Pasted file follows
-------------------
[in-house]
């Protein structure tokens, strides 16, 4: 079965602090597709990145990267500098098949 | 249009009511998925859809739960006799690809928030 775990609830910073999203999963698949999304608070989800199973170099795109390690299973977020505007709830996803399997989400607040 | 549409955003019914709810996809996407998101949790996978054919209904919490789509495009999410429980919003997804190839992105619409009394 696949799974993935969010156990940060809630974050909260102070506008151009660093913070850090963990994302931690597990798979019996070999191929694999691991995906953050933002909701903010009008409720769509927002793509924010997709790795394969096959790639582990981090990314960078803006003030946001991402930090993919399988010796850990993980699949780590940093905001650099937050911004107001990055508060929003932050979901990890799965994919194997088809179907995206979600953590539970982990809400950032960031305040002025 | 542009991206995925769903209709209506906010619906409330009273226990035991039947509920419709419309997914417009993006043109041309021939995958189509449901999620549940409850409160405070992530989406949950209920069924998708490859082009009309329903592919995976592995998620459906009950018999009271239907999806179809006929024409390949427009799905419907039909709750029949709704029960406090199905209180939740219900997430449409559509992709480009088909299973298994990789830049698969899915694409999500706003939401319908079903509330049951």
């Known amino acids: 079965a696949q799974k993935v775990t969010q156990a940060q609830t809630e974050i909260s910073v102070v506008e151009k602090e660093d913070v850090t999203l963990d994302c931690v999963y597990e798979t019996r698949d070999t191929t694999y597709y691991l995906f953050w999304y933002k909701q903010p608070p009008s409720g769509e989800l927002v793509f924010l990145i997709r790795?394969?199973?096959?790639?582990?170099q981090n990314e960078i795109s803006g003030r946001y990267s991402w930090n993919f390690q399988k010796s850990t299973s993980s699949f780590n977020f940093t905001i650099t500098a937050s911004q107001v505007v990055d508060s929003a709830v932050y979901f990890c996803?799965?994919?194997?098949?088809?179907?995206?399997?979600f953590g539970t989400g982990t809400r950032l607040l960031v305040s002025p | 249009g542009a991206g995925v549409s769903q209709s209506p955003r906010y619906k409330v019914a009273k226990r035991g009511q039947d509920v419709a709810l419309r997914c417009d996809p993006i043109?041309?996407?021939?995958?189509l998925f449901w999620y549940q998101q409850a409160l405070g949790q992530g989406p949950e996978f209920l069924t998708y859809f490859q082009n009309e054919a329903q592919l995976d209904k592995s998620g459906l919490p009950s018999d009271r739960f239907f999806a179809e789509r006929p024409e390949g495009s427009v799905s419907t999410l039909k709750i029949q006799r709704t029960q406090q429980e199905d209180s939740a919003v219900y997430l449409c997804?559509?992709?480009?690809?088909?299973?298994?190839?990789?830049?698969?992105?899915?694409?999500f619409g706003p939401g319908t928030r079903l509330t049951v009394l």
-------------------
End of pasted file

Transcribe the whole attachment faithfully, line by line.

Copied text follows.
[in-house]
């Protein structure tokens, strides 16, 4: 079965602090597709990145990267500098098949 | 249009009511998925859809739960006799690809928030 775990609830910073999203999963698949999304608070989800199973170099795109390690299973977020505007709830996803399997989400607040 | 549409955003019914709810996809996407998101949790996978054919209904919490789509495009999410429980919003997804190839992105619409009394 696949799974993935969010156990940060809630974050909260102070506008151009660093913070850090963990994302931690597990798979019996070999191929694999691991995906953050933002909701903010009008409720769509927002793509924010997709790795394969096959790639582990981090990314960078803006003030946001991402930090993919399988010796850990993980699949780590940093905001650099937050911004107001990055508060929003932050979901990890799965994919194997088809179907995206979600953590539970982990809400950032960031305040002025 | 542009991206995925769903209709209506906010619906409330009273226990035991039947509920419709419309997914417009993006043109041309021939995958189509449901999620549940409850409160405070992530989406949950209920069924998708490859082009009309329903592919995976592995998620459906009950018999009271239907999806179809006929024409390949427009799905419907039909709750029949709704029960406090199905209180939740219900997430449409559509992709480009088909299973298994990789830049698969899915694409999500706003939401319908079903509330049951």
């Known amino acids: 079965a696949q799974k993935v775990t969010q156990a940060q609830t809630e974050i909260s910073v102070v506008e151009k602090e660093d913070v850090t999203l963990d994302c931690v999963y597990e798979t019996r698949d070999t191929t694999y597709y691991l995906f953050w999304y933002k909701q903010p608070p009008s409720g769509e989800l927002v793509f924010l990145i997709r790795?394969?199973?096959?790639?582990?170099q981090n990314e960078i795109s803006g003030r946001y990267s991402w930090n993919f390690q399988k010796s850990t299973s993980s699949f780590n977020f940093t905001i650099t500098a937050s911004q107001v505007v990055d508060s929003a709830v932050y979901f990890c996803?799965?994919?194997?098949?088809?179907?995206?399997?979600f953590g539970t989400g982990t809400r950032l607040l960031v305040s002025p | 249009g542009a991206g995925v549409s769903q209709s209506p955003r906010y619906k409330v019914a009273k226990r035991g009511q039947d509920v419709a709810l419309r997914c417009d996809p993006i043109?041309?996407?021939?995958?189509l998925f449901w999620y549940q998101q409850a409160l405070g949790q992530g989406p949950e996978f209920l069924t998708y859809f490859q082009n009309e054919a329903q592919l995976d209904k592995s998620g459906l919490p009950s018999d009271r739960f239907f999806a179809e789509r006929p024409e390949g495009s427009v799905s419907t999410l039909k709750i029949q006799r709704t029960q406090q429980e199905d209180s939740a919003v219900y997430l449409c997804?559509?992709?480009?690809?088909?299973?298994?190839?990789?830049?698969?992105?899915?694409?999500f619409g706003p939401g319908t928030r079903l509330t049951v009394l």